Known as the 802.11 standard or Wi-Fi, a few innovators have changed the paradigm in which the technology operates. Within the past few months, a handful of companies, led by T-Mobile USA, have begun offering wireless access services using Wi-Fi. The business model: They install Wi-Fi wireless fidelity receivers in so-called "hot spots" across the country. Subscribers using an 802.11-compatible device in those locations can get 200-Kbps access to the Web or to business applications.
But business adoption of Wi-Fi has been slow and will remain cautious for the next year, says Craig Mathias, a principal with the Farpoint Group. One of the big roadblocks for the public LAN services thus far is the relatively small number of devices that are 802.11-compliant.
That number now totals about 3 million. But with Intel's next-generation 802.11-compliant chip set for delivery next year, those numbers will increase an order of magnitude, says Cometa CEO Lawrence Brilliant. "What we will not do is build out a network and see who comes," Brilliant says. "First you have to have the CPE--the handsets, the devices. All of those coffee shops are suffering because there aren't enough 802.11 devices out there today." After Intel's next chip proliferates, he says, "it will be almost impossible to find a device that's not 802.11 compliant."
Cometa's strategy is to leverage networks, sales forces, and innovation that already exist. The company will sell its service to telcos, Internet service providers, cable operators, and wireless carriers, who will, in turn, rely on their own sales force to spread the word to customers. And, it will rely on AT&T's nationwide IP backbone to carry the traffic from the Wi-Fi equipment to the Web or to business applications. IBM will handle wireless installations and back-office systems.
The concept of public LANs may be ripe, considering 14 million people will work remotely at customers' sites by 2004, according to the Yankee Group. The target market is retail chains, hotels, university, insurance companies, and pharmaceutical firms. For the past 12 months, Cometa's owners have been talking to CIOs at companies in those industries. The CIOs said that to use such a service, it must be available within a five-minute walk of their urban offices and a five-minute drive of non-urban locations. That translates into 20,000 nodes that Cometa must install in the top 50 metropolitan areas, beginning early next year.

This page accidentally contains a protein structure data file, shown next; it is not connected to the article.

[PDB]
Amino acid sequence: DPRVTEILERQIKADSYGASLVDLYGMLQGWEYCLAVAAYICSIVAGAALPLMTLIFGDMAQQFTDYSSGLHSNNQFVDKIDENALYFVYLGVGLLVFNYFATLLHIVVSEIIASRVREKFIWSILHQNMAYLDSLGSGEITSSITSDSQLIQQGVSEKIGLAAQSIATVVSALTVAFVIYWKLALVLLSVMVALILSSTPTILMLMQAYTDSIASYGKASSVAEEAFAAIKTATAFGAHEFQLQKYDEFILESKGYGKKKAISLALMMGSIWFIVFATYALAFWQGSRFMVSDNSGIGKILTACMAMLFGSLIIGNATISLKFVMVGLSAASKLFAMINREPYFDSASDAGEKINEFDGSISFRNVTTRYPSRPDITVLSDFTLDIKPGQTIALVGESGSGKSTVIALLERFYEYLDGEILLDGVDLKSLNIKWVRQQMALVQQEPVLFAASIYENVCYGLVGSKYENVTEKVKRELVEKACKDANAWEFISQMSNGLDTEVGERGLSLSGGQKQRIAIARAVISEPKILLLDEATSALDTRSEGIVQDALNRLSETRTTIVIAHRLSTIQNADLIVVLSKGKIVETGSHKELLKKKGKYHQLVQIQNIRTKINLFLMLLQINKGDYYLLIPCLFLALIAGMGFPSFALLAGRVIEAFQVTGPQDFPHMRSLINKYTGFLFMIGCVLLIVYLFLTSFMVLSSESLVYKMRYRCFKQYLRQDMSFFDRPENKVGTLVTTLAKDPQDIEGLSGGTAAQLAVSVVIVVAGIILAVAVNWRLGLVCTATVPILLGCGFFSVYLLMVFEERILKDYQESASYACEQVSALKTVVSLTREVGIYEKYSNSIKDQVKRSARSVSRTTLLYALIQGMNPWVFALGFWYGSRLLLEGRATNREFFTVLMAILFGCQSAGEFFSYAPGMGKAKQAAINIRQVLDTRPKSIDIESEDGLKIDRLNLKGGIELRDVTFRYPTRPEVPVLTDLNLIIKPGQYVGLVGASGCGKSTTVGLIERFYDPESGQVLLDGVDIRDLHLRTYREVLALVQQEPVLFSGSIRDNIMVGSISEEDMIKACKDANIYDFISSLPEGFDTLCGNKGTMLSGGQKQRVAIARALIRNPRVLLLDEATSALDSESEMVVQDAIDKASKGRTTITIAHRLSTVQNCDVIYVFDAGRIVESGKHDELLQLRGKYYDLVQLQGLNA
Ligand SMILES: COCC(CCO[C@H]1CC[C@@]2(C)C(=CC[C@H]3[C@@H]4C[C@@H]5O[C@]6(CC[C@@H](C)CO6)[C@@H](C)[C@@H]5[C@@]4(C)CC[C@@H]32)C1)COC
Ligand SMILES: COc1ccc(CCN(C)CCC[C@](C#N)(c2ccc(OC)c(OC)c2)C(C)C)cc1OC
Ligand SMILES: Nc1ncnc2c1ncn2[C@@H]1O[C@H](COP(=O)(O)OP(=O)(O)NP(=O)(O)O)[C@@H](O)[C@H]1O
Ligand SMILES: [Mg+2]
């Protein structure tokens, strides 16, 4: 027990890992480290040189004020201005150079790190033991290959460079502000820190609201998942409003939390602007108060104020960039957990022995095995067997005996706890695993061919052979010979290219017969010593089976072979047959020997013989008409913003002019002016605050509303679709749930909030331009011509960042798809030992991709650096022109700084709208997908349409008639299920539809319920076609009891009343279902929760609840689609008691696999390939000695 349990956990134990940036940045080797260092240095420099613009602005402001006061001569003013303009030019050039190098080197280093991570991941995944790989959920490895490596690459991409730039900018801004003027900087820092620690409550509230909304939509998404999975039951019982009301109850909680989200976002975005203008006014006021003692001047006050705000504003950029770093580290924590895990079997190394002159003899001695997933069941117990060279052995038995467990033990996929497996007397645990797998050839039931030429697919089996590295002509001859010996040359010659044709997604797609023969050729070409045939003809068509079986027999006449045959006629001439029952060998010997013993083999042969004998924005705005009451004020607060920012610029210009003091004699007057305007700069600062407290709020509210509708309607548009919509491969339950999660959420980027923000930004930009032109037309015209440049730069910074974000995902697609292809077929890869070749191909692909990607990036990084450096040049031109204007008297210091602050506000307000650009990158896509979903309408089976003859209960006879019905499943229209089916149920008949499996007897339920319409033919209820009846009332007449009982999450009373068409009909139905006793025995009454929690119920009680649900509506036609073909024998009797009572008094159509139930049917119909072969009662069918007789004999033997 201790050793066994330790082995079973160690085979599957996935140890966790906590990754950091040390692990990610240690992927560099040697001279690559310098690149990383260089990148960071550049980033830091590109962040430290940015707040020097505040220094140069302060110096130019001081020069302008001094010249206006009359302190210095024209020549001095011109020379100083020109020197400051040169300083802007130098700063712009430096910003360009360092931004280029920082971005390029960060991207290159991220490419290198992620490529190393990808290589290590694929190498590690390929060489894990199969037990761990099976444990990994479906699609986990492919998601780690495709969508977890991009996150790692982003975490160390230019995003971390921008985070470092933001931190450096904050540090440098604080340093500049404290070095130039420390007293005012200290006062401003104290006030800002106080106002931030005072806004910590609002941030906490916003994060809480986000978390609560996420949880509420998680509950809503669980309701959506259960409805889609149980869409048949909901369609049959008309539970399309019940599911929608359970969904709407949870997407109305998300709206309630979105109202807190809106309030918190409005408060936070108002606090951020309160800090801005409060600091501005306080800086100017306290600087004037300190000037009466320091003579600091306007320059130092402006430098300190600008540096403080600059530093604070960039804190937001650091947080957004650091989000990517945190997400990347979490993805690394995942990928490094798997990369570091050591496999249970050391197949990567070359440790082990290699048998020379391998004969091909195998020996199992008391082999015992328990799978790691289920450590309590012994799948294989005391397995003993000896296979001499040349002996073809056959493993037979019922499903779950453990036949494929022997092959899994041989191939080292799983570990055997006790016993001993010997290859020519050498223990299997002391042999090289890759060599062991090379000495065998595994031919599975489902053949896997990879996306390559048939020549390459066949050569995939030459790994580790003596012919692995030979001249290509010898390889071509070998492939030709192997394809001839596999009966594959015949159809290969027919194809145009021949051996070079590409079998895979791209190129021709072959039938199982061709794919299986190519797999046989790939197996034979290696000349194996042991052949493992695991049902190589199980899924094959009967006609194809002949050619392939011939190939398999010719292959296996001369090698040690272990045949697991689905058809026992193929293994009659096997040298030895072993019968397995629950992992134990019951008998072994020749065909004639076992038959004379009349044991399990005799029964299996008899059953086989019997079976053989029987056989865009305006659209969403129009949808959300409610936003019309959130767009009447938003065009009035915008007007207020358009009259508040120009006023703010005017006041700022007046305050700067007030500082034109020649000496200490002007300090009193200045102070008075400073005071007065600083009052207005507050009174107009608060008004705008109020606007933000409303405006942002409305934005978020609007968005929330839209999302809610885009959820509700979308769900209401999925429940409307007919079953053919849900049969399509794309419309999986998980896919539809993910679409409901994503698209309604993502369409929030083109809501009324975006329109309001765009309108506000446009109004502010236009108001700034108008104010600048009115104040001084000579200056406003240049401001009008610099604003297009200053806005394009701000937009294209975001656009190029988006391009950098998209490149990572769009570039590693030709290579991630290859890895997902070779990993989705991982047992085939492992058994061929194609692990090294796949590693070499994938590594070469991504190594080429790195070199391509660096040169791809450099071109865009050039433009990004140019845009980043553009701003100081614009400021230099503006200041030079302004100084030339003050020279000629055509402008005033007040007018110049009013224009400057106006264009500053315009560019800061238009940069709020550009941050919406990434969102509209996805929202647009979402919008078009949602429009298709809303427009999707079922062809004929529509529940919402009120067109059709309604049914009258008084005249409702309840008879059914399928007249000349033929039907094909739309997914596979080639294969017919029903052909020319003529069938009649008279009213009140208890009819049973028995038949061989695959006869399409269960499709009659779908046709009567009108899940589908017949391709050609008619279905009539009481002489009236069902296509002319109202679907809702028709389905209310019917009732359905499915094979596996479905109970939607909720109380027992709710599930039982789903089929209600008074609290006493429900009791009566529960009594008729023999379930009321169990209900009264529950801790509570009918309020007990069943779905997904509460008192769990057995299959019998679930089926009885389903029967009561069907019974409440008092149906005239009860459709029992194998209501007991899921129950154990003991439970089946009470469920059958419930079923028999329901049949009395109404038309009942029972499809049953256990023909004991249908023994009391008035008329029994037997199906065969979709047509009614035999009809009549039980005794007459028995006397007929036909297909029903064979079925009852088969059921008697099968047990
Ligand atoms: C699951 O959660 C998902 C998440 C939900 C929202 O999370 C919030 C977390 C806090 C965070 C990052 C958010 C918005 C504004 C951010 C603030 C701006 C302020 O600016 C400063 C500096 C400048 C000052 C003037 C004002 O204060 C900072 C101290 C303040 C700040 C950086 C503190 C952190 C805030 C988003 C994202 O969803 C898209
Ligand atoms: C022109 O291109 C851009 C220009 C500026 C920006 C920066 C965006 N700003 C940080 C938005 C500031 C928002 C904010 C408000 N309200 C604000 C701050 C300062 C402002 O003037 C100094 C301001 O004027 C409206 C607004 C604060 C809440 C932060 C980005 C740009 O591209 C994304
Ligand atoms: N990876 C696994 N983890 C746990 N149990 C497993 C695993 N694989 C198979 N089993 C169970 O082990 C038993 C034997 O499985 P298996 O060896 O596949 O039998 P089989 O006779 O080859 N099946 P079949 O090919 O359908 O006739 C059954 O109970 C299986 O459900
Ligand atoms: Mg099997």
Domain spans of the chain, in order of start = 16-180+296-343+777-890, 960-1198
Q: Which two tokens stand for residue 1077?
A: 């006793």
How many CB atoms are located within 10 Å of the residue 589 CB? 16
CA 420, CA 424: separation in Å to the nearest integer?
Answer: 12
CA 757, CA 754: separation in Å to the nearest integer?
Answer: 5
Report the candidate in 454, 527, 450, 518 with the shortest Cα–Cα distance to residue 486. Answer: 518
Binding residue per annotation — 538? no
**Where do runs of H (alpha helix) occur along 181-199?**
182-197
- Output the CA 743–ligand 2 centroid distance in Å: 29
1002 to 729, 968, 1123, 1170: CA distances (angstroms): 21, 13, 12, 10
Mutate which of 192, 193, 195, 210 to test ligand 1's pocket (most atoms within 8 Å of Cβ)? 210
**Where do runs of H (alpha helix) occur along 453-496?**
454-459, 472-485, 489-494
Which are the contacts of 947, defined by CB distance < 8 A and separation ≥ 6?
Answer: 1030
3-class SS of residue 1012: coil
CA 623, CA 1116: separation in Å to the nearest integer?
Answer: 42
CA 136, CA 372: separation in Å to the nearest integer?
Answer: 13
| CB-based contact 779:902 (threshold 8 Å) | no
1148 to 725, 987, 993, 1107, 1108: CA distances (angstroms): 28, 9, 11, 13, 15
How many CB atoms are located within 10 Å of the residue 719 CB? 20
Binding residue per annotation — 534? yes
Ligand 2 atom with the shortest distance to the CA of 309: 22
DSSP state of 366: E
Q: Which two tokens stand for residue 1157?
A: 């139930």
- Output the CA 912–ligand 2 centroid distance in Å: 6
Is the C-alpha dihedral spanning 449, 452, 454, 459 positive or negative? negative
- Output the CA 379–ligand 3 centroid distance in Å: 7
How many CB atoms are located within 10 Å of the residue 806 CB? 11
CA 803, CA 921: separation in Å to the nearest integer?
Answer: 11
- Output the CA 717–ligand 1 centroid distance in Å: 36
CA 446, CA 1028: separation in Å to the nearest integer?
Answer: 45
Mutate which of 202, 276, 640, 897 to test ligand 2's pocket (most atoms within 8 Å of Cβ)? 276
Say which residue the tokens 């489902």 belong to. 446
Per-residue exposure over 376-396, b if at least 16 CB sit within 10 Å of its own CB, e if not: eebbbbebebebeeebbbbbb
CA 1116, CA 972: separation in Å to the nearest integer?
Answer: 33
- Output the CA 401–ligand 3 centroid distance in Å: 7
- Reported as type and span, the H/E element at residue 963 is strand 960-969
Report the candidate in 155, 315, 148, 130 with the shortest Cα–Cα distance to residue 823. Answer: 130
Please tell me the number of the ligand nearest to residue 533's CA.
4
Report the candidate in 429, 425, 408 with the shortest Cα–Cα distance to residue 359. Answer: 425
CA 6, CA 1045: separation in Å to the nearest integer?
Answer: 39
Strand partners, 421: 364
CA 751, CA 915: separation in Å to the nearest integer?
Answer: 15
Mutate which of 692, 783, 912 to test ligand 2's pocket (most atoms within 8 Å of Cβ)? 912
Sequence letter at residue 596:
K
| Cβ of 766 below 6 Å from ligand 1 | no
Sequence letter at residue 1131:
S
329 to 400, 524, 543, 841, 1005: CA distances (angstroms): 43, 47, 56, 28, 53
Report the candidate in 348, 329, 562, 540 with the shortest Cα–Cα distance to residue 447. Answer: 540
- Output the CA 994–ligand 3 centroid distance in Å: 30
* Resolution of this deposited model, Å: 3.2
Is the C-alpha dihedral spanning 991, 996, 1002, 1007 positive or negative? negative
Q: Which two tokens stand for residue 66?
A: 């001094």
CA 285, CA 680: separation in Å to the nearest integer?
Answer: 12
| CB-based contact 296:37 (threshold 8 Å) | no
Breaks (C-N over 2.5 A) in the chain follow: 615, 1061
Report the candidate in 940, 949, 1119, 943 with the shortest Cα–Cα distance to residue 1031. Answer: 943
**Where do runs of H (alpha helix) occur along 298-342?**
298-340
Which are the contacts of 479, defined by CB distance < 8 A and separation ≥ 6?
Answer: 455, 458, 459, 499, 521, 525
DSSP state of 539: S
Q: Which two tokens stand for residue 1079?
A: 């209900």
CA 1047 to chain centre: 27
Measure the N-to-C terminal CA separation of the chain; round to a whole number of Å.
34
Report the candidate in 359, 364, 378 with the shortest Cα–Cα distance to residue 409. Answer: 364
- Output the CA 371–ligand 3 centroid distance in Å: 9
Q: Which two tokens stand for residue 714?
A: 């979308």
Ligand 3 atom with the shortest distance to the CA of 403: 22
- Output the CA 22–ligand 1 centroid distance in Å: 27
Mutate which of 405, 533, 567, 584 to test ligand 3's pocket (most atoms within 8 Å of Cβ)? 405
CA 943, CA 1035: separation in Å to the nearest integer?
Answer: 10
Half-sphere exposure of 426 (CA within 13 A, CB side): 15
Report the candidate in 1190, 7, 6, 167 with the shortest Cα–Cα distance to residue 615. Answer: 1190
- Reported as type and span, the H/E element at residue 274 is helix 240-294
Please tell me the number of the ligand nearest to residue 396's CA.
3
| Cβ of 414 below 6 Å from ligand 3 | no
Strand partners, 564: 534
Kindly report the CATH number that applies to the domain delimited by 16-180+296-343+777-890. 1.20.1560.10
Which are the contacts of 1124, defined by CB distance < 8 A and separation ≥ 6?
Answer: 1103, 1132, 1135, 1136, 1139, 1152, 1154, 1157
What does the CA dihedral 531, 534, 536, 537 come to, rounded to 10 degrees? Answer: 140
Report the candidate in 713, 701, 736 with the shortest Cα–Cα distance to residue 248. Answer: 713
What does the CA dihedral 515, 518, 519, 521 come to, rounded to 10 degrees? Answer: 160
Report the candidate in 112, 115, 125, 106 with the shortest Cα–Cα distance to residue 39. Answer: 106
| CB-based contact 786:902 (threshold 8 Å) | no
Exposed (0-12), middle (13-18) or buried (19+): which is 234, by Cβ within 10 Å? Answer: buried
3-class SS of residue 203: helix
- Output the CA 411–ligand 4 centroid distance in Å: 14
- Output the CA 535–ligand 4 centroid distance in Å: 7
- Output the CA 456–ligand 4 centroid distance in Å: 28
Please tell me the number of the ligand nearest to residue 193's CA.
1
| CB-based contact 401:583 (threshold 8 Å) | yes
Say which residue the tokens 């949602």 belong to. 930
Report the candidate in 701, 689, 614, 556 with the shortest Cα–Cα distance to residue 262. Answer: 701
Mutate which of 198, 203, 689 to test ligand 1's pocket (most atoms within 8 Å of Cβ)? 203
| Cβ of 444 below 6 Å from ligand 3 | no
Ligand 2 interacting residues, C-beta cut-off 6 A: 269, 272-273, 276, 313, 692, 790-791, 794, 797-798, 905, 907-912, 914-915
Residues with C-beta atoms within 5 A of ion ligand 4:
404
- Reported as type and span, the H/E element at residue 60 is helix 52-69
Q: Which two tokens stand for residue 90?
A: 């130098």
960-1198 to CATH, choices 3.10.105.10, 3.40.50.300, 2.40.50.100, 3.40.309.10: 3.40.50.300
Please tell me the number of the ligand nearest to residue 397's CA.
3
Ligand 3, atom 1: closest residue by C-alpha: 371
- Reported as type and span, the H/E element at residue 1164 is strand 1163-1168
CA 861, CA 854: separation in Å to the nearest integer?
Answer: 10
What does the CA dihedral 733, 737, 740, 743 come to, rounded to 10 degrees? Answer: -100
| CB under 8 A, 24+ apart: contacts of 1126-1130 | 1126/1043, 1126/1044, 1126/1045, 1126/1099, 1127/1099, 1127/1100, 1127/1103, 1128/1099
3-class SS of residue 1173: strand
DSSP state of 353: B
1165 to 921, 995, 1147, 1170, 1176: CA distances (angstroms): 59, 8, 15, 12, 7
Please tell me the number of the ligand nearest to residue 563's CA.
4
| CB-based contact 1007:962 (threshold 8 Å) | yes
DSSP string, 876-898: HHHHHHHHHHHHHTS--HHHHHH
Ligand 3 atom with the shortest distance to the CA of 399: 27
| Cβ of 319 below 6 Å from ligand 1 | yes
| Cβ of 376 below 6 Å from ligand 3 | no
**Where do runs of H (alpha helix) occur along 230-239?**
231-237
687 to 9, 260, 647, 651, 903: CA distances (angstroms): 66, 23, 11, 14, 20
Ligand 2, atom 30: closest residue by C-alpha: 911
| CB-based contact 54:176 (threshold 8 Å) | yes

So will this wireless hoopla be any different than past efforts? "In the next five years, we'll all be using this," Mathias predicts. "It will be as big as cellular in terms of number of subscribers. Whether you use a wireless LAN at home, in the office, or in public, the login and security is all the same." The services are easy to use. Customers of public LAN services from Cometa, T-Mobile, and others, such as Boingo, and Wayport, get to keep their existing network access procedures, logons, passwords, E-mail addresses, and payment methods. The carriers will handle network security.
But there are some hurdles. Pricing may be too high. Now, unlimited high-speed wireless data services from Sprint--available anywhere, not just from hot spots--cost $100 a month. The hot-spot services should cost about $50 a month. Also, coverage will be spotty for a while, leaving many wireless-data seekers to consider slower-speed nationwide wireless data services from companies such as Sprint, which recently unveiled an offering that lets mobile workers access their corporate applications using instant messenger.